In her book about Lyndon Johnson, biographer Doris Kearns Goodwin wrote that LBJ dreamed he had a stroke and became paralyzed — and then a few months later chose not to run for president in 1968. "He had made a decision in his dream," says Myron Glucksman, author of  Dreaming: An Opportunity for Change, and psychiatrist in New York City and Redding, Connecticut. "Dreams are like an internal diary. They're a nightly commentary on your life."

    2. You dream throughout the night, not just during REM sleep.
    Forget what you heard in college about dreams only occurring during REM sleep. You can remember stories from throughout the night, though not all are created equal. REM-sleep dreams, which are more common in the second half of the night, tend to seem more vivid and unrealistic. "If you dream you jumped out of a plane, and you saw rockets around you, that's almost certainly a REM sleep dream," says Jerry Siegel, professor of psychiatry and director of the Center for Sleep Research at UCLA. Dreams during the first three (of the four) stages of sleep may seem more mundane.

    3. You remember a dream if you awake during it.
    "The primary determinant of whether you'll remember a dream is being awakened during the dream," says Mark Mahowald, professor of neurology at the University of Minnesota Medical School and visiting professor of psychiatry and behavioral medicine at Stanford University. "If you don't wake up during the dream, the memory is gone. We're on a self-erasing tape while we're asleep."

    4. Spicy foods may make you remember more dreams and nightmares.
    "The meal makes it more likely you're going to wake up during sleep," says Mahowald. "The heavy meal has nothing to do with dream generation. It has to do with dream recall." In order to recall a dream, you have to be awake, at least for a few minutes. "Our brain isn't able to convert from short-term to long-term memory while we're asleep," says psychologist Lisa Medalie, a behavioral sleep specialist at the  University of Chicago.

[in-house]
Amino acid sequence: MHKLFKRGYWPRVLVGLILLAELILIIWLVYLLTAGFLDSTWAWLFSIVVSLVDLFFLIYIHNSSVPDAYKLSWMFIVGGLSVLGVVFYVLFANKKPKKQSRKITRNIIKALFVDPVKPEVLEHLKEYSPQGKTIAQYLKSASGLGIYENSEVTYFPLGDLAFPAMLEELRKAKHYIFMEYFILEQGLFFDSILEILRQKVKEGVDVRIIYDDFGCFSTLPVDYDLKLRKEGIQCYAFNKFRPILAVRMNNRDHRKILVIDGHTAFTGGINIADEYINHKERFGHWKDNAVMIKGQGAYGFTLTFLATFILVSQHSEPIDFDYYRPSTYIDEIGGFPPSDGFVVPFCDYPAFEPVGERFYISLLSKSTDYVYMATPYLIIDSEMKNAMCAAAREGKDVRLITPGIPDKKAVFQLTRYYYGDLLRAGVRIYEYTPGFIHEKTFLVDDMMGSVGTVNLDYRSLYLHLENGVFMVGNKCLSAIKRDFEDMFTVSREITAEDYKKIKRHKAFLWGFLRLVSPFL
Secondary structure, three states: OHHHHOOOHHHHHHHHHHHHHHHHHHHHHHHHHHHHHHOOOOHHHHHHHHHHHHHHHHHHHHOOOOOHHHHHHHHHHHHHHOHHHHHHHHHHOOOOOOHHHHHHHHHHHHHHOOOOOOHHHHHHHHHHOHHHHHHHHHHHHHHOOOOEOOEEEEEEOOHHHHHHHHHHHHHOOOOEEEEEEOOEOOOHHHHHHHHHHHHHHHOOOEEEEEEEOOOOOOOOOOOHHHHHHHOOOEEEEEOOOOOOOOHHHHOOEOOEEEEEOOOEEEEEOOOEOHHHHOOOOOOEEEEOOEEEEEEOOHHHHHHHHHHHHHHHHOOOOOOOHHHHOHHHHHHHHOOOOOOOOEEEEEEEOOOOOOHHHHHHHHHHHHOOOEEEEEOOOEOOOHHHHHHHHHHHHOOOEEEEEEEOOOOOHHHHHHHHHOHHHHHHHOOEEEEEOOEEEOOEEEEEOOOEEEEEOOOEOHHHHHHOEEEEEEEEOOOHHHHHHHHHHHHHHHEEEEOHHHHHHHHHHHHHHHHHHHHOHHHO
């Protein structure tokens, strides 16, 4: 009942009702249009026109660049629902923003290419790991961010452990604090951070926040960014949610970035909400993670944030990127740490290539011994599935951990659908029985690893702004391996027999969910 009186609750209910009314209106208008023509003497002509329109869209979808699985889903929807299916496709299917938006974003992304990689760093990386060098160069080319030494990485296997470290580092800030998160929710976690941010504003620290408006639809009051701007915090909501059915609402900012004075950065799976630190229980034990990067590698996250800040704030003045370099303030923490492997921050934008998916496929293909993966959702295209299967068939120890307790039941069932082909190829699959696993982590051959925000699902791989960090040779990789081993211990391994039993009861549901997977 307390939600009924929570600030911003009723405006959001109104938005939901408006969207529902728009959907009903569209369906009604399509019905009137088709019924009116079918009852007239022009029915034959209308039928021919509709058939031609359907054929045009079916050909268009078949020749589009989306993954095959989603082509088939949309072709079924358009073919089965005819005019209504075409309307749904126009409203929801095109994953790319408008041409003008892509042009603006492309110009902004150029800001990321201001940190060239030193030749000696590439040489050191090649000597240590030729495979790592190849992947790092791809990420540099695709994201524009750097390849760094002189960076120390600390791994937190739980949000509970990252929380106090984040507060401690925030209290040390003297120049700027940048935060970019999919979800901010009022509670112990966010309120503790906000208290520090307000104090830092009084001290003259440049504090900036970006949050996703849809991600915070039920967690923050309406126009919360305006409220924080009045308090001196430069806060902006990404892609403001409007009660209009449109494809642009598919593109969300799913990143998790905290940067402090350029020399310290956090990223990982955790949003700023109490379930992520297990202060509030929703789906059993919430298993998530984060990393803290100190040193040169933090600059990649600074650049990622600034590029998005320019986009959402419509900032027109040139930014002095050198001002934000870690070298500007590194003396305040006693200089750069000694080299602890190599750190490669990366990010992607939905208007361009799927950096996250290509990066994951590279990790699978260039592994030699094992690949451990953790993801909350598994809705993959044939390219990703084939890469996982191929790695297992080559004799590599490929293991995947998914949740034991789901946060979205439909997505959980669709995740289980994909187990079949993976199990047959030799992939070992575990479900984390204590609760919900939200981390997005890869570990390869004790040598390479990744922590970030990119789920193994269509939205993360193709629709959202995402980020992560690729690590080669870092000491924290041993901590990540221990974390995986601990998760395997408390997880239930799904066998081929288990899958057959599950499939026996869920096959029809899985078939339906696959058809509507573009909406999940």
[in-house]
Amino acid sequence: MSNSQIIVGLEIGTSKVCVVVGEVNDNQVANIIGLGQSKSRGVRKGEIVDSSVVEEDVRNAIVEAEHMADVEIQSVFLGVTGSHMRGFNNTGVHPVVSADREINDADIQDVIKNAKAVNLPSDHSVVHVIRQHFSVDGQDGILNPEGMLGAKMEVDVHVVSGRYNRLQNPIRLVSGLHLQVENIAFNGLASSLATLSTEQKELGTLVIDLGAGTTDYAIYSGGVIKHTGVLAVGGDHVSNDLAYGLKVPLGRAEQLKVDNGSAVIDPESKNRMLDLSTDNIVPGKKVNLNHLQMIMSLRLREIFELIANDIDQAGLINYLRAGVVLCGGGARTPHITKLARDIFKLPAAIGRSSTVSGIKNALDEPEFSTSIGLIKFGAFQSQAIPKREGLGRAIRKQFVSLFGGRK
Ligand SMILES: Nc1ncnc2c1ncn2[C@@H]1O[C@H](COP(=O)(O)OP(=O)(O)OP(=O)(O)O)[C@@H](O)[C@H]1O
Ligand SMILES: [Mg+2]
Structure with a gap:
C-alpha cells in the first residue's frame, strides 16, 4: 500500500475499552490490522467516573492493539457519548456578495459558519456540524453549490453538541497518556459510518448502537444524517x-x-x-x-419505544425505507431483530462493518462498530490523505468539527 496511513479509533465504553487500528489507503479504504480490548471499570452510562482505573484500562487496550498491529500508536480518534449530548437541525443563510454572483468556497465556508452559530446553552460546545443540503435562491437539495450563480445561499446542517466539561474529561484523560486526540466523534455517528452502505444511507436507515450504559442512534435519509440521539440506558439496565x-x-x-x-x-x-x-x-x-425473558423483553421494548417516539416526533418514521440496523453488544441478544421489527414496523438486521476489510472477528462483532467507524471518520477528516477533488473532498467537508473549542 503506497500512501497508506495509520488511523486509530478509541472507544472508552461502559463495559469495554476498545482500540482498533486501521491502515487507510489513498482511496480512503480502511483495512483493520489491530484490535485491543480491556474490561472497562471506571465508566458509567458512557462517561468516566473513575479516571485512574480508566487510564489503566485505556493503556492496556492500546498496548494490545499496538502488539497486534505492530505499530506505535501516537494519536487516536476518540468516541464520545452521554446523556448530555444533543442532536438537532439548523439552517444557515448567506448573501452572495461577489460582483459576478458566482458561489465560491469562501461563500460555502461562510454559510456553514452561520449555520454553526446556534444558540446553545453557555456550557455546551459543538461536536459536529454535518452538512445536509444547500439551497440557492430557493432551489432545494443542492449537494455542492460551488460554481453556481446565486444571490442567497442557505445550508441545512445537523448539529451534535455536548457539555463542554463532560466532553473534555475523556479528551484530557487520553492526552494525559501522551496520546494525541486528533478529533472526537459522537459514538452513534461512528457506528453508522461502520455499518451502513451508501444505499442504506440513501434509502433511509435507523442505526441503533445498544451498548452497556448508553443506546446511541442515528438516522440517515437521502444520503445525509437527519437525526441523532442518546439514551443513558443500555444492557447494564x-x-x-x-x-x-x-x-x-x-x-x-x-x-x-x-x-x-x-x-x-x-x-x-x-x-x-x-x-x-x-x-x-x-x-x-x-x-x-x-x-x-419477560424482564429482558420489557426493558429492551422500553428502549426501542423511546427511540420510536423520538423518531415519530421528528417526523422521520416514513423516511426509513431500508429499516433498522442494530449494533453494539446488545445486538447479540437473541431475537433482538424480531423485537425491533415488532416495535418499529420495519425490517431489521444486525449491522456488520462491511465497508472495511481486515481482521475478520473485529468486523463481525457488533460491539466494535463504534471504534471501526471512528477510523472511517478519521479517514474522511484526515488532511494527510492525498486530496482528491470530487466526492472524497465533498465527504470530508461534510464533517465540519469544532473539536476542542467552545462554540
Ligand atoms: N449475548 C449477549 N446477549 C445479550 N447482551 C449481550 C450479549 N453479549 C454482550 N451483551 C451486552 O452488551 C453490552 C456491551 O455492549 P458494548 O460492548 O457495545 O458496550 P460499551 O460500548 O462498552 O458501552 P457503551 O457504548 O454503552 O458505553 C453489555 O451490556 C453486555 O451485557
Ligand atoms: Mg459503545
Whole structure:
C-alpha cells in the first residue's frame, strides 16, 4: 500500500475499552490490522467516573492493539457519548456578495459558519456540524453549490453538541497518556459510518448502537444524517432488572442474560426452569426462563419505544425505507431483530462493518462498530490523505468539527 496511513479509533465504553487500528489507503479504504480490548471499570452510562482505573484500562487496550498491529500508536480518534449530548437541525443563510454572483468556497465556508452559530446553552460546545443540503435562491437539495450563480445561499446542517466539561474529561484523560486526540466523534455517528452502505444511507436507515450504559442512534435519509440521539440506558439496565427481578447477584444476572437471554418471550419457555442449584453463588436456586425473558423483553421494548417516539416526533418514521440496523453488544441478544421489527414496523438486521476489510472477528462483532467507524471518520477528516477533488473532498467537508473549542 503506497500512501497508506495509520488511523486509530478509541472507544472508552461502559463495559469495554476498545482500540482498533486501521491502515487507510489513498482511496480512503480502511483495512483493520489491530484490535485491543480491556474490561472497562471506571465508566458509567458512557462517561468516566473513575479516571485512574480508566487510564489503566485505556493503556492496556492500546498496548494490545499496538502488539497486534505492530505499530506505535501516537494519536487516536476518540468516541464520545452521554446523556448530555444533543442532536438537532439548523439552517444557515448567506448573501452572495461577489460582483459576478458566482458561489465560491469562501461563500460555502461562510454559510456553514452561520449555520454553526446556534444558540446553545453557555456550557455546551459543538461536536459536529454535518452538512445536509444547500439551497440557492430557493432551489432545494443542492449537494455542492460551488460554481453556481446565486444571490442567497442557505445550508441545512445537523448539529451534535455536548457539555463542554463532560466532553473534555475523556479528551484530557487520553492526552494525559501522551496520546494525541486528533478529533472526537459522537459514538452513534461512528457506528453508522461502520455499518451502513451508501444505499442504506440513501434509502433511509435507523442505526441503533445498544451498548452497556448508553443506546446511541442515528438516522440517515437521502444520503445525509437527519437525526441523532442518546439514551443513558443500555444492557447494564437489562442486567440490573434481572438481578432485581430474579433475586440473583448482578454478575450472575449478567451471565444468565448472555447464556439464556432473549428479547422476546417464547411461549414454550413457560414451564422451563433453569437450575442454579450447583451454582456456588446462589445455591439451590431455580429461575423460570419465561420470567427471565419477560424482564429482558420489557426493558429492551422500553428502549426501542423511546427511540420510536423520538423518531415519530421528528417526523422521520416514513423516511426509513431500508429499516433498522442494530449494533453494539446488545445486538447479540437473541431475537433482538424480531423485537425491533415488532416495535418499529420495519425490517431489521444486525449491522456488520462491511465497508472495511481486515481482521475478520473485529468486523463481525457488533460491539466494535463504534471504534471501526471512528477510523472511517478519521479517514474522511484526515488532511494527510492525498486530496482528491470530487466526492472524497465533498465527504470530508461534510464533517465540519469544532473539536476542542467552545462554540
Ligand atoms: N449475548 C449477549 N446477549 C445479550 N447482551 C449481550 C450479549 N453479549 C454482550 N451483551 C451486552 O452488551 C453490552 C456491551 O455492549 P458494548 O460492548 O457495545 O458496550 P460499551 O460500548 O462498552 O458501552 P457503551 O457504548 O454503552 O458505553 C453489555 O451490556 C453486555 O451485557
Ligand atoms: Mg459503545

5. You may be able to change bad dreams.
    Many therapists believe it's possible to "re-write" nightmares. People who suffer from post-traumatic stress disorder, for instance, can train themselves to recognize when they're in a dream. They tell themselves, "This is only a dream," says sleep researcher Ursula Voss, a psychology professor at the University of Frankfurt. Some of her patients came up with an idea that works: They make a bracelet that they wear to sleep. "If the bracelet is not in the dream, they know it's a dream," she says. They look out for "something that's bizarre" and then try to shift the direction of the dream.

    Shelby Harris, director of behavioral sleep medicine at Montefiore Medical Center in New York City, uses "imagery rehearsal therapy" with her patients. She encourages them to clearly envision a new scenario when dreams take a bad turn. One patient kept dreaming she was surrounded by sharks and was starting to drown. "She just changed the sharks to dolphins," says Harris. "We wrote out a whole new storyline."

    6. The brain is still hard at work while you're sleeping and dreaming.
    "REM sleep is not a time of rest for the brain," says Mahowald. "The brain is being stimulated at an incredibly high level throughout dream sleep. The stimulation is what generates the dream imagery. And then the function of the brain is to make sense of what it's presented with. When we're awake, we're presented with the real world. When we're asleep, what the brain is presented with is dream imagery. The brain tries to make sense of all these random and presumably meaningless images and thoughts and sounds. The brain constructs the dream out of all this imagery. When we're awake, the brain perceives the real world as it is."

    7. It's hard to separate the function of sleep from the function of dreams.